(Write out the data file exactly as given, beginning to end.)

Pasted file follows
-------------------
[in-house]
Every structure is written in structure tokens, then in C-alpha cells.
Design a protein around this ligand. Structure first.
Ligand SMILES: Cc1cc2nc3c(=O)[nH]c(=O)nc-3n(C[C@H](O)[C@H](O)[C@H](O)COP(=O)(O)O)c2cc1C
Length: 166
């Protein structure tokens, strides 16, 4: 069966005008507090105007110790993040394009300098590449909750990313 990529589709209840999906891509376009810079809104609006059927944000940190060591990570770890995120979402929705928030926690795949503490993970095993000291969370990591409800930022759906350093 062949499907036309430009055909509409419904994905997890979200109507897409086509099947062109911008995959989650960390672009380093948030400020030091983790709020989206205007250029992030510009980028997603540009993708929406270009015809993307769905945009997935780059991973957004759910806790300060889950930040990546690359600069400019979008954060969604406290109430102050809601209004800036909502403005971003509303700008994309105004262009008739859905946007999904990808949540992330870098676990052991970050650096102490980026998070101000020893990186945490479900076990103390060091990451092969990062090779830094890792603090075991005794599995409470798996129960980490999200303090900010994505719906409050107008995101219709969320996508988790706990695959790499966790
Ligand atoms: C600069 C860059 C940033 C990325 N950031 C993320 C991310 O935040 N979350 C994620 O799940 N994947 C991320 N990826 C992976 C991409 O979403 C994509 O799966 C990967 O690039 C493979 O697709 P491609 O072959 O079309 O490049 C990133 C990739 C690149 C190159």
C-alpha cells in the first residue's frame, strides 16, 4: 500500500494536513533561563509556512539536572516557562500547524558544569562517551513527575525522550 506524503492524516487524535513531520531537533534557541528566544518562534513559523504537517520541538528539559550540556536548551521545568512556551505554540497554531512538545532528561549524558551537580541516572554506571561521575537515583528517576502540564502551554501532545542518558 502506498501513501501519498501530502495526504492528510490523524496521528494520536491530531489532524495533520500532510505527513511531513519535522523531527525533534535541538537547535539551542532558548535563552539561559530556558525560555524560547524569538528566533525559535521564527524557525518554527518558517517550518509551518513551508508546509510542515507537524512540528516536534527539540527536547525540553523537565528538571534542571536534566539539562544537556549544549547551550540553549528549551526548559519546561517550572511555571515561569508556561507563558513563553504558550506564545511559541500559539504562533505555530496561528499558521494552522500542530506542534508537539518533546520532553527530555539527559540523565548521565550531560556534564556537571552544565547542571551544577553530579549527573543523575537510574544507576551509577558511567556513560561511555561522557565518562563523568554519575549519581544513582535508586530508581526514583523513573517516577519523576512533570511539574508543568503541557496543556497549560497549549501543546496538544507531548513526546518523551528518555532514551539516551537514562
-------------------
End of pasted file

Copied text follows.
[in-house]
Every structure is written in structure tokens, then in C-alpha cells.
Design a protein around this ligand. Structure first.
Ligand SMILES: Cc1cc2nc3c(=O)[nH]c(=O)nc-3n(C[C@H](O)[C@H](O)[C@H](O)COP(=O)(O)O)c2cc1C
Length: 166
């Protein structure tokens, strides 16, 4: 069966005008507090105007110790993040394009300098590449909750990313 990529589709209840999906891509376009810079809104609006059927944000940190060591990570770890995120979402929705928030926690795949503490993970095993000291969370990591409800930022759906350093 062949499907036309430009055909509409419904994905997890979200109507897409086509099947062109911008995959989650960390672009380093948030400020030091983790709020989206205007250029992030510009980028997603540009993708929406270009015809993307769905945009997935780059991973957004759910806790300060889950930040990546690359600069400019979008954060969604406290109430102050809601209004800036909502403005971003509303700008994309105004262009008739859905946007999904990808949540992330870098676990052991970050650096102490980026998070101000020893990186945490479900076990103390060091990451092969990062090779830094890792603090075991005794599995409470798996129960980490999200303090900010994505719906409050107008995101219709969320996508988790706990695959790499966790
Ligand atoms: C600069 C860059 C940033 C990325 N950031 C993320 C991310 O935040 N979350 C994620 O799940 N994947 C991320 N990826 C992976 C991409 O979403 C994509 O799966 C990967 O690039 C493979 O697709 P491609 O072959 O079309 O490049 C990133 C990739 C690149 C190159």
C-alpha cells in the first residue's frame, strides 16, 4: 500500500494536513533561563509556512539536572516557562500547524558544569562517551513527575525522550 506524503492524516487524535513531520531537533534557541528566544518562534513559523504537517520541538528539559550540556536548551521545568512556551505554540497554531512538545532528561549524558551537580541516572554506571561521575537515583528517576502540564502551554501532545542518558 502506498501513501501519498501530502495526504492528510490523524496521528494520536491530531489532524495533520500532510505527513511531513519535522523531527525533534535541538537547535539551542532558548535563552539561559530556558525560555524560547524569538528566533525559535521564527524557525518554527518558517517550518509551518513551508508546509510542515507537524512540528516536534527539540527536547525540553523537565528538571534542571536534566539539562544537556549544549547551550540553549528549551526548559519546561517550572511555571515561569508556561507563558513563553504558550506564545511559541500559539504562533505555530496561528499558521494552522500542530506542534508537539518533546520532553527530555539527559540523565548521565550531560556534564556537571552544565547542571551544577553530579549527573543523575537510574544507576551509577558511567556513560561511555561522557565518562563523568554519575549519581544513582535508586530508581526514583523513573517516577519523576512533570511539574508543568503541557496543556497549560497549549501543546496538544507531548513526546518523551528518555532514551539516551537514562